This week felt heavy. Suddenly the weight of no sleepaway camp, day camp, group camping trips, raucous house parties, or lazy summer dinners with friends hit me hard. I love my work, I love my family, I love my life, and my vibe is generally Ned Flanders in a jumpsuit, but this week I was bummed. I felt like it was self-deceiving to not acknowledge the long-term bumminess of it all. So I’m trying to lean into it and accept that I cannot overschedule my way through this endless summer, or endless year. I cannot just get ’er done. And that’s OK.
Today is one of my favorite people’s 40th birthday. She’s the kindest and most thoughtful human, and she’s taught me a ton about the environment, from basic biology to how to talk about nature with my kids to how to care about the planet while still being a person who likes all the things that people like. She’s one of the first people I really got to know who worked on climate full time. Watching her made the leap less scary for me.
There’s a little park behind our neighborhood that doesn’t get as much love as the huge destination park just north of us. For years, the only people who knew about it were 20-something softball players and owners of pocket-size dogs. Thanks to COVID, it’s suddenly resplendent with people. People looking for off-the-beaten grass to get fresh air, exercise, and do curious dance routines while twirling large sticks. It feels alive now. There’s still lots of room for everyone to spread out, but it looks more like the cinematic embodiment of a park, with so many real-life extras tossing frisbees and sunbathing.
It’s quiet in the mornings, though. Quiet enough for birdwatching or even a bit of meditation, especially in the little wooded area on the west side. My Lordy-She’s-Forty friend once told me she goes there sometimes for a bit of peace and greenery, and that if you situate yourself just so, you can almost feel like you’re in a deep forest and not a patch of urban scrub. At the time I thought you needed nature in large doses. I didn’t know an inner-city ramble could harbor enough space for birds and contemplation. I didn’t know that nature in small sizes could be just as effective at curing nature-deficit disorder.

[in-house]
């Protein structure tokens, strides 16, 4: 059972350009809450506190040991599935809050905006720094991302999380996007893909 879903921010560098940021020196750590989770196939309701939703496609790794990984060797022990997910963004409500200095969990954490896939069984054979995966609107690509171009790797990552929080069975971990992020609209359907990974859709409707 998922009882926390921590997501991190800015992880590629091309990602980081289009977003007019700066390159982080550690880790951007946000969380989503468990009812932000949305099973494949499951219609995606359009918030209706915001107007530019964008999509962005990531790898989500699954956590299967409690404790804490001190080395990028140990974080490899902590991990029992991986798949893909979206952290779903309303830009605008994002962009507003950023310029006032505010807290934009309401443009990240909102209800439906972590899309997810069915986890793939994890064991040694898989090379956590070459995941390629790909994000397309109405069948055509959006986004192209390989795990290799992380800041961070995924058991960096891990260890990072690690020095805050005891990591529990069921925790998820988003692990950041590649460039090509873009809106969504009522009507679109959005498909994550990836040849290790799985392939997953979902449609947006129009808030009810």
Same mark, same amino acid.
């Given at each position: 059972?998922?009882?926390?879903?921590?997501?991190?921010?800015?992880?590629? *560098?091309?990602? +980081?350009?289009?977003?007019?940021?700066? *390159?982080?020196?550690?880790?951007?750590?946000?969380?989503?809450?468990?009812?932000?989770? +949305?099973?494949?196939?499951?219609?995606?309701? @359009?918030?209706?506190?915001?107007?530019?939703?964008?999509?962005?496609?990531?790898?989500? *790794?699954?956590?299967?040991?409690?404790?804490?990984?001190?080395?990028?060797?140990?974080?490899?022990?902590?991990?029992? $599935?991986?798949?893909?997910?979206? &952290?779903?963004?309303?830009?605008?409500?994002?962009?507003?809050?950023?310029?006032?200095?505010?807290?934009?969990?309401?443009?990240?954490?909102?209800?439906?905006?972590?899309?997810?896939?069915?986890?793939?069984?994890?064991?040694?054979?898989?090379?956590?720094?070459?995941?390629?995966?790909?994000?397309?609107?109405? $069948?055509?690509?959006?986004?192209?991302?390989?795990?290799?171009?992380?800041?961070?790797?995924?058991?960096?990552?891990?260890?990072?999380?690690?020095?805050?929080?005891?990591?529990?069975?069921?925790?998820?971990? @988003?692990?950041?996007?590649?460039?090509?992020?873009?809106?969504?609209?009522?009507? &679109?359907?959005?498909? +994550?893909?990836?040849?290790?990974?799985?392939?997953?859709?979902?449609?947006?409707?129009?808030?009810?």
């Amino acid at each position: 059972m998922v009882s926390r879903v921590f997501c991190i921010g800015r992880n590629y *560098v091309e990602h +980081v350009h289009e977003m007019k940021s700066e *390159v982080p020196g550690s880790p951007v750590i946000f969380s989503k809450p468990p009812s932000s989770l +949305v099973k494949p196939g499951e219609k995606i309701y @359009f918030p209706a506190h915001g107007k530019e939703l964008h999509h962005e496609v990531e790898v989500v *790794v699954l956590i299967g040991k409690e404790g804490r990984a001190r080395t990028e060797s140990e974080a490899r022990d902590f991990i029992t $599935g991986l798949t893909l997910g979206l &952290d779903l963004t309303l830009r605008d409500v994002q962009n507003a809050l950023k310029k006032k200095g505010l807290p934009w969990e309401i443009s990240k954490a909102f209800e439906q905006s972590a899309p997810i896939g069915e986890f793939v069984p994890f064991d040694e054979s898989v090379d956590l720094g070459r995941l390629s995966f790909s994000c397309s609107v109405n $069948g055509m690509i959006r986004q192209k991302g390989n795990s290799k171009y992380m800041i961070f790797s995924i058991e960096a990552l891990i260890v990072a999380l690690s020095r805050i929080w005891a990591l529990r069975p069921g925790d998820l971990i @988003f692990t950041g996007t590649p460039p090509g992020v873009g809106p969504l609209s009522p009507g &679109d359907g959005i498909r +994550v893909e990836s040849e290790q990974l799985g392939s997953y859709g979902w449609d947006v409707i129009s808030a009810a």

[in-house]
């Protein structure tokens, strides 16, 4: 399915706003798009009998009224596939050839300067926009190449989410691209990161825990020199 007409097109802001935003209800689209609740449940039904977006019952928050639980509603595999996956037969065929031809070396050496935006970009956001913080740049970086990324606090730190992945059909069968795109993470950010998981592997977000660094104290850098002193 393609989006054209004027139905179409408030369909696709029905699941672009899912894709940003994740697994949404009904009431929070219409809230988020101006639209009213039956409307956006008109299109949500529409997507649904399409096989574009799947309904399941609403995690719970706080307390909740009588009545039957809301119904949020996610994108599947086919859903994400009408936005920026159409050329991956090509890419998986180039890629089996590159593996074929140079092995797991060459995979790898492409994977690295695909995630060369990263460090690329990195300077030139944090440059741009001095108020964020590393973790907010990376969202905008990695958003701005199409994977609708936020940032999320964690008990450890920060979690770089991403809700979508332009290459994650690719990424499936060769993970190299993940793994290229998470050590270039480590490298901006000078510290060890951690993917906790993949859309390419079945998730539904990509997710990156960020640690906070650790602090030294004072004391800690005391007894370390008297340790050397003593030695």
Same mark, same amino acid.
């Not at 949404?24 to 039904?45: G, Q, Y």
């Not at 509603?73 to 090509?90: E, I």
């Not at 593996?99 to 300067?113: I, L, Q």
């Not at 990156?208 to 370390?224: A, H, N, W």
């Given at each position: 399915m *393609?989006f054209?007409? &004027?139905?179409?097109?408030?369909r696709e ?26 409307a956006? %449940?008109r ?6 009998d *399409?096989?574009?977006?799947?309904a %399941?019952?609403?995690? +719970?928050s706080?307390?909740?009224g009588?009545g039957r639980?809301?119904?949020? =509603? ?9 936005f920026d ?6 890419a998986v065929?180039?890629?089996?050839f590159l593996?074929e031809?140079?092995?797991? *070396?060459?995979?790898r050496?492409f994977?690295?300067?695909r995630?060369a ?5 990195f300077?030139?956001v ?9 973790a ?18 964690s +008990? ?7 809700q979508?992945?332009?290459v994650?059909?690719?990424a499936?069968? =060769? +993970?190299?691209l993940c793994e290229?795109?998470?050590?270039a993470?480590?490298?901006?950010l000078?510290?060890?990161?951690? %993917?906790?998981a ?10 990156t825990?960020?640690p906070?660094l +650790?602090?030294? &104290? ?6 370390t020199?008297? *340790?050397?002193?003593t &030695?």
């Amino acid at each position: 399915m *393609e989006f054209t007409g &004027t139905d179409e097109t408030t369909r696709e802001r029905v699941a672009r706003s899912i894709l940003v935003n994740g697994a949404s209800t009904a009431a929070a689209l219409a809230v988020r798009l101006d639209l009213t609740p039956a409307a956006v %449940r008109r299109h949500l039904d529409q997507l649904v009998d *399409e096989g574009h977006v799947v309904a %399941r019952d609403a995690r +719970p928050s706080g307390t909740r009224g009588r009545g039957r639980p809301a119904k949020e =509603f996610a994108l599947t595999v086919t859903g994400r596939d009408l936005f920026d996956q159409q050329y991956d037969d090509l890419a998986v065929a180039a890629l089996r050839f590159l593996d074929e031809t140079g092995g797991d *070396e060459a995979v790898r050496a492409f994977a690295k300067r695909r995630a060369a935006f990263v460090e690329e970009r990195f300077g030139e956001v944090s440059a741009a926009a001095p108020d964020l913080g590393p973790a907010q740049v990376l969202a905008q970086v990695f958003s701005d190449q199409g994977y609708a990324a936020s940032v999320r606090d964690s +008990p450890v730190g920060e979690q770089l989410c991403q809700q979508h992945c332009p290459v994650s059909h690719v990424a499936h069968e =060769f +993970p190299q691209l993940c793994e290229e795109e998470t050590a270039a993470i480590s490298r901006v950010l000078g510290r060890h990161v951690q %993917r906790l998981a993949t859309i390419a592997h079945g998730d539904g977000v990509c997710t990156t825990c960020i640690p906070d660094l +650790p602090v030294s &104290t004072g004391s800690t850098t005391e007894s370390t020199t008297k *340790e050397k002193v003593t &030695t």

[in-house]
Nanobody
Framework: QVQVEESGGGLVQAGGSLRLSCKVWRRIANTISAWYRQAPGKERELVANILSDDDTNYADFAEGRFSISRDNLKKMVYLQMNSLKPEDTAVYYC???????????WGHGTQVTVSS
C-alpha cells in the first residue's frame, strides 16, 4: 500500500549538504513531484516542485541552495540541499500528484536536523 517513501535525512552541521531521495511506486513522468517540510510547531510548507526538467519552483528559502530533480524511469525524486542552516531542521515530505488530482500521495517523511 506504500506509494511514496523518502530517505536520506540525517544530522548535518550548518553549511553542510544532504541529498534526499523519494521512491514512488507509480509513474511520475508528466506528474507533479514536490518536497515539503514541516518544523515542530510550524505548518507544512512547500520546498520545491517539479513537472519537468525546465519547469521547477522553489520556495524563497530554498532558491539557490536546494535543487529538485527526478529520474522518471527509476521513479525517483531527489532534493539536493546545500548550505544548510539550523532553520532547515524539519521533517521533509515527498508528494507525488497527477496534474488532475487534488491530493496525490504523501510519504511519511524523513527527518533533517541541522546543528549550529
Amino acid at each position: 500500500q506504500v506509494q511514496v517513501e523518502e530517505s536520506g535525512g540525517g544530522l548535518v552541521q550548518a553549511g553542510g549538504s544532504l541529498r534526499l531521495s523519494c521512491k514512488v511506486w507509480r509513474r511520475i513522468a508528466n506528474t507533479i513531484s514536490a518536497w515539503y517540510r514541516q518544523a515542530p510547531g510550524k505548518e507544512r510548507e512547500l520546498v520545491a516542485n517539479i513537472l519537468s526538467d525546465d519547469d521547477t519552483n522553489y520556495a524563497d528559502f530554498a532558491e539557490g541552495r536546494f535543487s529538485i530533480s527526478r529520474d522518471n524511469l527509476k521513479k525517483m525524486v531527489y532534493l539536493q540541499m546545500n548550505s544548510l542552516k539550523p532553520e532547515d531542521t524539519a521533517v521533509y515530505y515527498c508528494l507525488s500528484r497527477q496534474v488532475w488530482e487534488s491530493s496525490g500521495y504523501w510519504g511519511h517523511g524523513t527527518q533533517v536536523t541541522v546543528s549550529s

Which brings me to the nowness of our current nature needs. We have to get outside and soak up our greenery, but also share the space and cede ground to others. We have to joyfully appreciate green patches but also follow soberly prescriptive rules for engaging with said green patches. In Toronto, we’ve had ample drama about how to manage that delicate dance. One way is to appreciate the smaller parks.
I have a more bellicose neighbor who fears that our urban green spaces are in too short supply to accommodate the new developments and the people and pugs these developments will bring. I agree with the need to carve out as much park space as we can, even as it grows increasingly hard for our near-depleted city coffers to manage it. But I also feel that there’s still so much room yet, and that learning to share the green peaceably is almost as important as the nature time itself. (Dodges errant frisbee, listens to crooning, bearded guitar-bro, closes eyes to soak in the never-ending day.)
I’ve become the lady who calls up the newspaper with gossipy tips about political malfeasance. I’m worried about our greenbelt, and with fewer and fewer journalists left on the provincial beat, I had to harass one of them into covering the fact that applications to build on the greenbelt can now be approved with a quick Alohomora from a minister. It’s worrisome for the precedent it sets. We need this greenery for myriad reasons beyond the fact that everyone deserves space to toss some devil sticks into the air.
(Another idea for what to do with all that cardboard: make a living card. Thanks to Rebecca and Ben for pun support. Ben’s newsletter is on George Bernard Shaw’s slightly sanctimonious vegetarianism today, so readers of this newsletter might enjoy it.)
Talk to me about the state of your local parks!
CUTE PEOPLE DANCING
I loved this –
I thought it couldn’t get any better. Then Ausma shared this:
We are in the golden age of family dance videos.
Hope you are having a lovely week,
P.S. I’m always curious to know what you think. This is my newsletter for the week of May 28, 2020, published in partnership with YES! Media You can sign up to get Minimum Viable Planet newsletter emailed directly to you at https://mvp.substack.com/.
Sarah Lazarovic is an award-winning artist, creative director, freelance animator and filmmaker, and journalist, covering news and cultural events in comic form. She is the author of A Bunch of Pretty Things I Did Not Buy.